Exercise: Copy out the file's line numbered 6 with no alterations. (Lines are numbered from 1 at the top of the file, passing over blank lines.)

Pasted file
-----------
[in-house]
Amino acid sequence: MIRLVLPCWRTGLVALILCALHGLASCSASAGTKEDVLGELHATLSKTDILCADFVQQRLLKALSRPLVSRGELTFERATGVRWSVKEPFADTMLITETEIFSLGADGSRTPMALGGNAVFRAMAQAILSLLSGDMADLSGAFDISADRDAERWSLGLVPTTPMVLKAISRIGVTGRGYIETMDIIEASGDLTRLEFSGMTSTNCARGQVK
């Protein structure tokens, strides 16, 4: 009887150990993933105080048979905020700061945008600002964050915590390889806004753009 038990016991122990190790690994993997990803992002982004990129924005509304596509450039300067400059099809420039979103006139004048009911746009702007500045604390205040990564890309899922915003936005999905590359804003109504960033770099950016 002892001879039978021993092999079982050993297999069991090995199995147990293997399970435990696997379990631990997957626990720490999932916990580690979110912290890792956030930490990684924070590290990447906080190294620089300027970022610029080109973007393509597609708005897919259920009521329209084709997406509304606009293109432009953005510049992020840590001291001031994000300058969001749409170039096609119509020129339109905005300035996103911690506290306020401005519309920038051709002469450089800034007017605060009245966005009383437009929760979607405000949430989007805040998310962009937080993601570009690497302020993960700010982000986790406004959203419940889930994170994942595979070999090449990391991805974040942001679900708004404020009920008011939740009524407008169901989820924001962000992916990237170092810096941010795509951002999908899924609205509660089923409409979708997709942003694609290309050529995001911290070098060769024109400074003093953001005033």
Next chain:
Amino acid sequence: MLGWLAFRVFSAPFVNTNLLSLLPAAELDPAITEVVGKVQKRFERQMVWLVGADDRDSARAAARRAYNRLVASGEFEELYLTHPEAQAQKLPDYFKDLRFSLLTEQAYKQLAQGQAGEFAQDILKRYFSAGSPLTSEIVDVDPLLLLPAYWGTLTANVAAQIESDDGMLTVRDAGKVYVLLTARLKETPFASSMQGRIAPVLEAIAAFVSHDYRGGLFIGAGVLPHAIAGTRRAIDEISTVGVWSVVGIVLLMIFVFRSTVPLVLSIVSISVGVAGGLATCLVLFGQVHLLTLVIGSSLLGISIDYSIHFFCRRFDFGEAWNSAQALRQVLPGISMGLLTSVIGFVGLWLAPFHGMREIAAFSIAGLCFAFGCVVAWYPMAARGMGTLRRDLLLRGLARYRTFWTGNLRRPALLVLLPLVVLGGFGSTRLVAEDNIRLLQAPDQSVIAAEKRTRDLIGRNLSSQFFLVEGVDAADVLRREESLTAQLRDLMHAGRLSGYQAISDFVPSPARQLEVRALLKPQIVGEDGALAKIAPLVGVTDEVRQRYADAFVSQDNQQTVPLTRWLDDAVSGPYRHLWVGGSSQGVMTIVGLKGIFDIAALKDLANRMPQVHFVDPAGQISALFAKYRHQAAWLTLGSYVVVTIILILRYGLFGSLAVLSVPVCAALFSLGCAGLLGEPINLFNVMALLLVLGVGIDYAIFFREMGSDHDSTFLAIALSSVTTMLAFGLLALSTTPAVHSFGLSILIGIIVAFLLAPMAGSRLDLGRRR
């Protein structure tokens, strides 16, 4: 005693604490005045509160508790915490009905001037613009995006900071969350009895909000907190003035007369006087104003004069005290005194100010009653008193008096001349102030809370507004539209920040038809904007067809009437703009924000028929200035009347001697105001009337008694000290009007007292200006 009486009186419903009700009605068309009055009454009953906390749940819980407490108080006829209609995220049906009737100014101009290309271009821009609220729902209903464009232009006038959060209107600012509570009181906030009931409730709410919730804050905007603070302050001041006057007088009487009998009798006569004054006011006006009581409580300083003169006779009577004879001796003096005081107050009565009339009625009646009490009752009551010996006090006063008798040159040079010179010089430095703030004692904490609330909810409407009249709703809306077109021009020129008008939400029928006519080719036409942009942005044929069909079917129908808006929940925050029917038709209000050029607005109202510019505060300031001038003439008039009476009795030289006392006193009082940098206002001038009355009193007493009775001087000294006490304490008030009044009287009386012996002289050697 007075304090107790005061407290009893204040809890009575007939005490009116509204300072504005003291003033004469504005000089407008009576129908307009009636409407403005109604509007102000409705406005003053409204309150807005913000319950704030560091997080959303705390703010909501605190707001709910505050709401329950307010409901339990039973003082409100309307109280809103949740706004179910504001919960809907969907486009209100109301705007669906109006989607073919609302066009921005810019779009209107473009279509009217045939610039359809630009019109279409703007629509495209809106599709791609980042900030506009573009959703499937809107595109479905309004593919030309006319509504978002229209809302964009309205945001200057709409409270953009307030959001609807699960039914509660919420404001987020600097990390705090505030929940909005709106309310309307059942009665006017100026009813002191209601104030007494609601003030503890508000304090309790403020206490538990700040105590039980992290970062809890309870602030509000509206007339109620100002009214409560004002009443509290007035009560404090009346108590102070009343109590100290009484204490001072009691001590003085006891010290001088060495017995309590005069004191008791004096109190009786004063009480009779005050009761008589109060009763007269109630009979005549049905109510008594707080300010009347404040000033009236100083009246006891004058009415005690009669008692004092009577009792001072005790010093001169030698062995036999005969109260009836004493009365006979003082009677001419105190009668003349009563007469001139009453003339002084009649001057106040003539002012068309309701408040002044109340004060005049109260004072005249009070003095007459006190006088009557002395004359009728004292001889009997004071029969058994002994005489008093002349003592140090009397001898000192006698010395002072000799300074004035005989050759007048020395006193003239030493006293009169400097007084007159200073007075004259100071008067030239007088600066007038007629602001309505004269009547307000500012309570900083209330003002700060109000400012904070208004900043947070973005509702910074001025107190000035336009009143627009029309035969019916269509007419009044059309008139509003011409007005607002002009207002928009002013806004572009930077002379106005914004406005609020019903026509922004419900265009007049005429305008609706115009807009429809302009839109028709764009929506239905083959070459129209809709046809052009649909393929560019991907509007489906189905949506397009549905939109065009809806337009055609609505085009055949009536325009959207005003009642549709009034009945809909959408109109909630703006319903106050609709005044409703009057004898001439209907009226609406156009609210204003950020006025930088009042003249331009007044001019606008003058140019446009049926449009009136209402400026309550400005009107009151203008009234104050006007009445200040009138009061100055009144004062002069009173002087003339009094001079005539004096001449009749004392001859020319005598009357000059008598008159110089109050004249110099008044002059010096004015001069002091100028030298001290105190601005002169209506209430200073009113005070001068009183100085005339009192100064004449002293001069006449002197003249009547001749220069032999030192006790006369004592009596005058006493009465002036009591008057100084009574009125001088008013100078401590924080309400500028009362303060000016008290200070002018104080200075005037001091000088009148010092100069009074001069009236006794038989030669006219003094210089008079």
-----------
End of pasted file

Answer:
């Protein structure tokens, strides 16, 4: 005693604490005045509160508790915490009905001037613009995006900071969350009895909000907190003035007369006087104003004069005290005194100010009653008193008096001349102030809370507004539209920040038809904007067809009437703009924000028929200035009347001697105001009337008694000290009007007292200006 009486009186419903009700009605068309009055009454009953906390749940819980407490108080006829209609995220049906009737100014101009290309271009821009609220729902209903464009232009006038959060209107600012509570009181906030009931409730709410919730804050905007603070302050001041006057007088009487009998009798006569004054006011006006009581409580300083003169006779009577004879001796003096005081107050009565009339009625009646009490009752009551010996006090006063008798040159040079010179010089430095703030004692904490609330909810409407009249709703809306077109021009020129008008939400029928006519080719036409942009942005044929069909079917129908808006929940925050029917038709209000050029607005109202510019505060300031001038003439008039009476009795030289006392006193009082940098206002001038009355009193007493009775001087000294006490304490008030009044009287009386012996002289050697 007075304090107790005061407290009893204040809890009575007939005490009116509204300072504005003291003033004469504005000089407008009576129908307009009636409407403005109604509007102000409705406005003053409204309150807005913000319950704030560091997080959303705390703010909501605190707001709910505050709401329950307010409901339990039973003082409100309307109280809103949740706004179910504001919960809907969907486009209100109301705007669906109006989607073919609302066009921005810019779009209107473009279509009217045939610039359809630009019109279409703007629509495209809106599709791609980042900030506009573009959703499937809107595109479905309004593919030309006319509504978002229209809302964009309205945001200057709409409270953009307030959001609807699960039914509660919420404001987020600097990390705090505030929940909005709106309310309307059942009665006017100026009813002191209601104030007494609601003030503890508000304090309790403020206490538990700040105590039980992290970062809890309870602030509000509206007339109620100002009214409560004002009443509290007035009560404090009346108590102070009343109590100290009484204490001072009691001590003085006891010290001088060495017995309590005069004191008791004096109190009786004063009480009779005050009761008589109060009763007269109630009979005549049905109510008594707080300010009347404040000033009236100083009246006891004058009415005690009669008692004092009577009792001072005790010093001169030698062995036999005969109260009836004493009365006979003082009677001419105190009668003349009563007469001139009453003339002084009649001057106040003539002012068309309701408040002044109340004060005049109260004072005249009070003095007459006190006088009557002395004359009728004292001889009997004071029969058994002994005489008093002349003592140090009397001898000192006698010395002072000799300074004035005989050759007048020395006193003239030493006293009169400097007084007159200073007075004259100071008067030239007088600066007038007629602001309505004269009547307000500012309570900083209330003002700060109000400012904070208004900043947070973005509702910074001025107190000035336009009143627009029309035969019916269509007419009044059309008139509003011409007005607002002009207002928009002013806004572009930077002379106005914004406005609020019903026509922004419900265009007049005429305008609706115009807009429809302009839109028709764009929506239905083959070459129209809709046809052009649909393929560019991907509007489906189905949506397009549905939109065009809806337009055609609505085009055949009536325009959207005003009642549709009034009945809909959408109109909630703006319903106050609709005044409703009057004898001439209907009226609406156009609210204003950020006025930088009042003249331009007044001019606008003058140019446009049926449009009136209402400026309550400005009107009151203008009234104050006007009445200040009138009061100055009144004062002069009173002087003339009094001079005539004096001449009749004392001859020319005598009357000059008598008159110089109050004249110099008044002059010096004015001069002091100028030298001290105190601005002169209506209430200073009113005070001068009183100085005339009192100064004449002293001069006449002197003249009547001749220069032999030192006790006369004592009596005058006493009465002036009591008057100084009574009125001088008013100078401590924080309400500028009362303060000016008290200070002018104080200075005037001091000088009148010092100069009074001069009236006794038989030669006219003094210089008079």